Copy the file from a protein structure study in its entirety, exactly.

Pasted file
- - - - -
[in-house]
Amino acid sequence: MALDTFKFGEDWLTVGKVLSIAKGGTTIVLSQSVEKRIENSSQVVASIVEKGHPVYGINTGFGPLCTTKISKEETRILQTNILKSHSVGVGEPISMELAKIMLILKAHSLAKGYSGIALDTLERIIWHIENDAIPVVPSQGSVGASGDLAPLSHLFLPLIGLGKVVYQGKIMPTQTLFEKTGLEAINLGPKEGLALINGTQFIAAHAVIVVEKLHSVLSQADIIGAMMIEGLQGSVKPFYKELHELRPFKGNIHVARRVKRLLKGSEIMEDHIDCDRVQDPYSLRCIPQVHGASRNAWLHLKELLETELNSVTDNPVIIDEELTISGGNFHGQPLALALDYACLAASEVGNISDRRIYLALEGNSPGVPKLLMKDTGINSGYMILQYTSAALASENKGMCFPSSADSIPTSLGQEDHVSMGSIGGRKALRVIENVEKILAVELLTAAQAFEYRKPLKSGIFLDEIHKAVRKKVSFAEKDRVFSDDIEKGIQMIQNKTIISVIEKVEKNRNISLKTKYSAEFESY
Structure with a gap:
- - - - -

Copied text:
[in-house]
Amino acid sequence: MALDTFKFGEDWLTVGKVLSIAKGGTTIVLSQSVEKRIENSSQVVASIVEKGHPVYGINTGFGPLCTTKISKEETRILQTNILKSHSVGVGEPISMELAKIMLILKAHSLAKGYSGIALDTLERIIWHIENDAIPVVPSQGSVGASGDLAPLSHLFLPLIGLGKVVYQGKIMPTQTLFEKTGLEAINLGPKEGLALINGTQFIAAHAVIVVEKLHSVLSQADIIGAMMIEGLQGSVKPFYKELHELRPFKGNIHVARRVKRLLKGSEIMEDHIDCDRVQDPYSLRCIPQVHGASRNAWLHLKELLETELNSVTDNPVIIDEELTISGGNFHGQPLALALDYACLAASEVGNISDRRIYLALEGNSPGVPKLLMKDTGINSGYMILQYTSAALASENKGMCFPSSADSIPTSLGQEDHVSMGSIGGRKALRVIENVEKILAVELLTAAQAFEYRKPLKSGIFLDEIHKAVRKKVSFAEKDRVFSDDIEKGIQMIQNKTIISVIEKVEKNRNISLKTKYSAEFESY
Structure with a gap: